Musicians and Authors: Comparison in Conversation! Benedict and Didi (Guest Post, Part 1.)

Last week Benedict Roff-Marsh came to me with the brilliant idea to do an interview in conversation style comparing the similarities between music and book production. Something in depth  and helpful to readers, that can have a home on both of our pages. I was absolutely elated at the idea!  So, without further ado, please enjoy!

Benedict at Bandcamp



Image link:

Please meet Benedict Roff-Marsh. Benedict is a musician. He has made music for 30 years, always using synthesizers as his bandmates. Benedict also Blogs a lot about the process of being creative and how to get work past the barriers of fear into the light of the public.

Didi Oviatt



Please meet Didi (MYSELF). Didi writes and self-publishes books like Search For Maylee, Aggravated Momentum, The Stix, and New Age Lamians as well as her own Blog about writing which has some distinct parallels to my own posts. Didi is also a columnist at The Conscious Talk Magazine, an online outlet for diverse intelligent readers.


B: Hi Didi. Thanks for agreeing to this interview, especially seeing we have only known each other for about 12 seconds. Something I really love about the Internet (and writing) is that it can allow a person to present a lot about themselves in a controlled way. Conversations can be messy but typed material is only as messy as you let it be. How does it feel having a total stranger tap tapping on your chamber door?

D: Hello Benedict! I’m thrilled to have met you too. I couldn’t be any happier with this conversation and a chance to pick at your brain a bit. I’ve been spending some time on your site, and I have to say your vast knowledge of music is impressive!

To answer your question: This age of technology and having strangers tap tapping on my door both scares and excites me… in equal measures! It seems the more advanced we get, and the more knowledge is accessible at our fingertips, the smaller our world becomes. It makes us both powerful AND vulnerable at the same time. Honestly, this frightens me beyond measure for the future of my kids, and grandkids to come. That said, it’s also empowering to be able to influence, create, and grow in a community of like minded people from anywhere on the globe on any given day. That’s a beautiful thing.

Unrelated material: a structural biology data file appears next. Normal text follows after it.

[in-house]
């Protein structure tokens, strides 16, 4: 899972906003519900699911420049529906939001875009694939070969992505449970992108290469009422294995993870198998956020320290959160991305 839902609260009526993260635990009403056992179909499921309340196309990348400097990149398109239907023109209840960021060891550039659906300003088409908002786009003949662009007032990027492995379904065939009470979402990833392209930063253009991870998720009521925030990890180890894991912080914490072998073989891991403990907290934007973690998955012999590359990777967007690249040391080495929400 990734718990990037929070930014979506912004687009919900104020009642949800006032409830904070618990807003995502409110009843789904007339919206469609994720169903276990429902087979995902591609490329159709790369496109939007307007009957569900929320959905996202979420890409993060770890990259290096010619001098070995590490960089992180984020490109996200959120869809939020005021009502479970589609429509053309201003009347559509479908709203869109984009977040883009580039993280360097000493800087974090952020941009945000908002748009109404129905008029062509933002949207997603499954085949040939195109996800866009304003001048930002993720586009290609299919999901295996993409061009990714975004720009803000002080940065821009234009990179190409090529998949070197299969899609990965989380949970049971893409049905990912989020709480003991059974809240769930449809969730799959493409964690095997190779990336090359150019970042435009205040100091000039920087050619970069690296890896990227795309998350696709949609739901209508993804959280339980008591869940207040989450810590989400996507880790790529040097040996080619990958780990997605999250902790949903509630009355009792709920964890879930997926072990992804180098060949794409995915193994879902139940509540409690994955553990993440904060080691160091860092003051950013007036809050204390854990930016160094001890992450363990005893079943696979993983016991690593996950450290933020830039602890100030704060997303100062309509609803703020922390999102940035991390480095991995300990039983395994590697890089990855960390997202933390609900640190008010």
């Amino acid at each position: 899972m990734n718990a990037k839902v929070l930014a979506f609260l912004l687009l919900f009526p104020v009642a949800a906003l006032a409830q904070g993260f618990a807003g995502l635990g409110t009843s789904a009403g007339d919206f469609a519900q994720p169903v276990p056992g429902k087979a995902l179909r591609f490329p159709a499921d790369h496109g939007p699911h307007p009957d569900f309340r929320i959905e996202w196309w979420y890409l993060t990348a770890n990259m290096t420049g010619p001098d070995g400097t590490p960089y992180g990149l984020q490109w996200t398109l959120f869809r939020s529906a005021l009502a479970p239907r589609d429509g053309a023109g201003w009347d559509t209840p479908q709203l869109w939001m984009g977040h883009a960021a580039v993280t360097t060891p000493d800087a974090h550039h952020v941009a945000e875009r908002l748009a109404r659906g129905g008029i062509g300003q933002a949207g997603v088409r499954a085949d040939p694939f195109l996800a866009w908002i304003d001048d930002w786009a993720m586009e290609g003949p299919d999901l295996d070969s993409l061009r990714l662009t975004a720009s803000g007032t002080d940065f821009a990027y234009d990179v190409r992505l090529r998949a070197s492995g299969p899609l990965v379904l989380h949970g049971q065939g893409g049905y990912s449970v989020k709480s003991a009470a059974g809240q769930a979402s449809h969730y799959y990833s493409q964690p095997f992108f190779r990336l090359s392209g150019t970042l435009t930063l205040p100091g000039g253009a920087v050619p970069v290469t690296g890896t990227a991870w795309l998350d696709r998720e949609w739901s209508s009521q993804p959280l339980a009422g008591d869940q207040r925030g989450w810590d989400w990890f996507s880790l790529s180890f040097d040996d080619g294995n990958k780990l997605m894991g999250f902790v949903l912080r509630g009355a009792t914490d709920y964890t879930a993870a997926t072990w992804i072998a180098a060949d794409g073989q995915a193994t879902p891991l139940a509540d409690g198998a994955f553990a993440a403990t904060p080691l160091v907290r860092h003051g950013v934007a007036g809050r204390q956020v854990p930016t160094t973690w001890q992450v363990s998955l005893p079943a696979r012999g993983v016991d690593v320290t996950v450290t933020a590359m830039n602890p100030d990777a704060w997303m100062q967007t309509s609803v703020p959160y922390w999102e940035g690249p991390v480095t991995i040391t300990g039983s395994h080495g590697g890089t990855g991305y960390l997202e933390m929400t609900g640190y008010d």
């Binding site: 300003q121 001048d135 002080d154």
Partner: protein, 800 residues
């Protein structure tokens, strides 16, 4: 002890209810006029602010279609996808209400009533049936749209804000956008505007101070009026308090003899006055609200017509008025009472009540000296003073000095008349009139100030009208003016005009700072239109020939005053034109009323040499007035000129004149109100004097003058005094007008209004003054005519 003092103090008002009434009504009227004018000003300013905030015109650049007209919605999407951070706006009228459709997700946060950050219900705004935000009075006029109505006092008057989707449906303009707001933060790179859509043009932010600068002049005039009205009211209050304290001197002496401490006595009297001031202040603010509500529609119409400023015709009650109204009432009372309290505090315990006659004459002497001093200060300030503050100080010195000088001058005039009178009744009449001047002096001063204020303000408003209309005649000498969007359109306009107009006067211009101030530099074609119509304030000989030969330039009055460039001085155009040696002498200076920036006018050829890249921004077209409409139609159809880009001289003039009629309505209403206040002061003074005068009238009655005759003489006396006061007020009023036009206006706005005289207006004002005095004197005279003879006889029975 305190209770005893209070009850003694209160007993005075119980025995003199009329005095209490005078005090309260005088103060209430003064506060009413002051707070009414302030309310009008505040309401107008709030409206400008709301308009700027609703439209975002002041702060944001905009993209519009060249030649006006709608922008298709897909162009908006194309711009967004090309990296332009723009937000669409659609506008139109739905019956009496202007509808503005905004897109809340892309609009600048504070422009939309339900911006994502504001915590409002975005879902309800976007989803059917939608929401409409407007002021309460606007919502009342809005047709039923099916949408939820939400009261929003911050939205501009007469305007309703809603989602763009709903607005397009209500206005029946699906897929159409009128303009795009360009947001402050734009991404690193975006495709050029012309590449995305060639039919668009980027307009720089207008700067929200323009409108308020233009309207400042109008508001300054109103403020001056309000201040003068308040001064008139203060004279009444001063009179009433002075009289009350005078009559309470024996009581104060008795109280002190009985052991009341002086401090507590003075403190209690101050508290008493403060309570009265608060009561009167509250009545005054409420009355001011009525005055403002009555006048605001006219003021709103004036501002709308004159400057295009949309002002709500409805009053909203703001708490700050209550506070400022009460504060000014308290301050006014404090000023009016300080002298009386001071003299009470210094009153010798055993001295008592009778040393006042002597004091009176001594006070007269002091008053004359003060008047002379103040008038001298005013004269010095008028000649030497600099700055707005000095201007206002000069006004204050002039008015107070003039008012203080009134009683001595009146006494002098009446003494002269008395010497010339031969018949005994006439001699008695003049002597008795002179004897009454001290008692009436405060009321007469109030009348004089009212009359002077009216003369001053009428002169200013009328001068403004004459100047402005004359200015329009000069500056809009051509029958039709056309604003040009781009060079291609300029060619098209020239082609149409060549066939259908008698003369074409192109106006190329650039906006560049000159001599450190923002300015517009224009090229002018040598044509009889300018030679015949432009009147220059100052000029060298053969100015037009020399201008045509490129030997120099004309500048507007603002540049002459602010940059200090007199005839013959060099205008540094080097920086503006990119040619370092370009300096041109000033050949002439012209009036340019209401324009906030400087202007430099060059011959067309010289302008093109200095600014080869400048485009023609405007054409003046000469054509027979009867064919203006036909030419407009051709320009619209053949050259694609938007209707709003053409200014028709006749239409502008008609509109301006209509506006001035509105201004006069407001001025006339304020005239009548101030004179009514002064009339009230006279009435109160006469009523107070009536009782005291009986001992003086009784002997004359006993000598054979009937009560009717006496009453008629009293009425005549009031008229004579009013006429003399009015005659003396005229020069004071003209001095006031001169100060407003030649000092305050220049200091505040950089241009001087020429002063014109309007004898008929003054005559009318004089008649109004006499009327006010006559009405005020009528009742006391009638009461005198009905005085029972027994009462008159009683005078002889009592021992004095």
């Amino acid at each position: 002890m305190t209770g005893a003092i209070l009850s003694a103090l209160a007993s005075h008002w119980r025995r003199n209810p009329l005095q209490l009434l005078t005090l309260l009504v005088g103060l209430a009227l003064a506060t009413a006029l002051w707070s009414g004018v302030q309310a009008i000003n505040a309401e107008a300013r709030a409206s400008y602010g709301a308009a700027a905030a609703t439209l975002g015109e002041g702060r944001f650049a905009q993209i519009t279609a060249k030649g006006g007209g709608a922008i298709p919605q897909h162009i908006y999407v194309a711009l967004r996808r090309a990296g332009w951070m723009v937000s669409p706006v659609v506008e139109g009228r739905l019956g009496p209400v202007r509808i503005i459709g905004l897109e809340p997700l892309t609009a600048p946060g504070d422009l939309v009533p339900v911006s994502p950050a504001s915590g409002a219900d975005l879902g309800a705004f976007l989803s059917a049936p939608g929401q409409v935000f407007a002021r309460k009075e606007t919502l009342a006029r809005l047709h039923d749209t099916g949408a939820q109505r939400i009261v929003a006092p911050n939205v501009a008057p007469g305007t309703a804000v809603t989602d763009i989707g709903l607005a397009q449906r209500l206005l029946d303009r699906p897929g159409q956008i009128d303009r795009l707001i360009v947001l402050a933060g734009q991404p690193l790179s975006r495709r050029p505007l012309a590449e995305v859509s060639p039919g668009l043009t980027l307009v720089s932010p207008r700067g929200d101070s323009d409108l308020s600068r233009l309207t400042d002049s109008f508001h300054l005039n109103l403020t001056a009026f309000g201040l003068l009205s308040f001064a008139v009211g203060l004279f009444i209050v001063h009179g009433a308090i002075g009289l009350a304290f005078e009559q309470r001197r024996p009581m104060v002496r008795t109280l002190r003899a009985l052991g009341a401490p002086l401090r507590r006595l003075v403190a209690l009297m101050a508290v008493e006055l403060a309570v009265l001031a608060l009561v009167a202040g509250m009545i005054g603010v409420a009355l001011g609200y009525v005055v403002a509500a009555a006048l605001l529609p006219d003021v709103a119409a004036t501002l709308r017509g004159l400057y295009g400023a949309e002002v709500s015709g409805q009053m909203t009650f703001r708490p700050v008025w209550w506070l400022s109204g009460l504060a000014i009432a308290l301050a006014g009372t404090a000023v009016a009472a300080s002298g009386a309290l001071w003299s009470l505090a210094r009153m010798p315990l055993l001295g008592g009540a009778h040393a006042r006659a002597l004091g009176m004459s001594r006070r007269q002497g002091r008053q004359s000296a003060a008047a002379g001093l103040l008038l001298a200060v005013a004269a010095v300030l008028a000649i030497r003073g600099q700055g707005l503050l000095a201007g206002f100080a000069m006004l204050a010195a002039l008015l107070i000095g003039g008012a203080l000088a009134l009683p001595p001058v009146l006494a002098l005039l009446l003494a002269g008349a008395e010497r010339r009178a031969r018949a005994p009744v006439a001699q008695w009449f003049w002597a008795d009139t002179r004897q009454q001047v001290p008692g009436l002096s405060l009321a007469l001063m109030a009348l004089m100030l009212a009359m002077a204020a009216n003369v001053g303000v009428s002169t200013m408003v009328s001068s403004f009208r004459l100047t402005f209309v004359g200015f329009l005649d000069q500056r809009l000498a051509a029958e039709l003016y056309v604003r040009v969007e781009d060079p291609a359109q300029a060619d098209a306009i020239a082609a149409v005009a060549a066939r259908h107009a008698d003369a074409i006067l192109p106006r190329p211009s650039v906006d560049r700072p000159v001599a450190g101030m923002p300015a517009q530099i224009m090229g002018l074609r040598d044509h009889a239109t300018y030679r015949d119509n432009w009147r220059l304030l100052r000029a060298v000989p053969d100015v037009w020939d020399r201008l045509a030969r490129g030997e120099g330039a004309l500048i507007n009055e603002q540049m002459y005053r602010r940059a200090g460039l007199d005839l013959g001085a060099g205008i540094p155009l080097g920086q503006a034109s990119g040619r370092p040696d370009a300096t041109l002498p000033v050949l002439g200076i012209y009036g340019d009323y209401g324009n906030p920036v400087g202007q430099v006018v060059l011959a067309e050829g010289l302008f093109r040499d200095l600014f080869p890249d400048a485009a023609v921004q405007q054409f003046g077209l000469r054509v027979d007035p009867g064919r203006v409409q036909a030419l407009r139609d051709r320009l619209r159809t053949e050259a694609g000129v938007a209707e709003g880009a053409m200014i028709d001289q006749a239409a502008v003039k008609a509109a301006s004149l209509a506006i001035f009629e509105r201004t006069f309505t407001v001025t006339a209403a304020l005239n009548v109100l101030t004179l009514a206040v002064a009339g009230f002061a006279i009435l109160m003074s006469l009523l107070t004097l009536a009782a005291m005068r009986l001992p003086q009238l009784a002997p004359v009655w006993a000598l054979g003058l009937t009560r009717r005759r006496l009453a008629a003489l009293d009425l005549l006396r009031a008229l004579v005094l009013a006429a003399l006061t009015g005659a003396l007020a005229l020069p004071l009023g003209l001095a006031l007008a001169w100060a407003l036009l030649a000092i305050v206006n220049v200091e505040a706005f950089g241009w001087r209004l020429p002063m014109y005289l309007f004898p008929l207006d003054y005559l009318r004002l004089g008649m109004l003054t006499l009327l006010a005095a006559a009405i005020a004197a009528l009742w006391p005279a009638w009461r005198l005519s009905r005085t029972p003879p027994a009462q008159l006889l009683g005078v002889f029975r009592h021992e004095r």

Now, I have a question for you:  It looks like you have been in the music business for many years. The Discography page on your site dates back as far as 1989 (I was four years old that year). Musicians are now technologically able to create, produce, and distribute their material from home just the same as authors are able to write, publish, and distribute their books. Do you feel that this is a positive or negative aspect for the majority of consumers, and why?

B: Now that is a curly one straight up. Two answers and depending on what day you get me either can be the dominant one:

  1. Technology has certainly lowered the cost of entry for being a composing & recording musician. In the last few years what can be done on a phone with free software exceeds what I could do with expensive Used gear back in the late 80’s! This is great as now really anyone has access to the tools they need to get their musical ideas out there to the whole world. You don’t even need a record company any more. Everyone has an equal ability to have a voice.
  2. I think it is currently a bit of a disaster area; or at least it has been for the last 20 years as now anyone can say or do what they want with no gatekeeper or curator to help keep standards high. Art is a big responsibility and being able to bang out all manner of garbage and call it self-expression like they just made “Hotel California” or “Stairway To Heaven” is not a positive thing for the nobility of expressing the human condition.

Thankfully I am starting to see that, while the mainstream record industry is stooping real low, there are some stirrings in the self-powered artist arena. So hopefully very soon I will be majoring with option #1.

I read a self-published book from a free eBooks site a while ago and rather enjoyed it. So, would I be right in assuming that what I say above is about right for books too?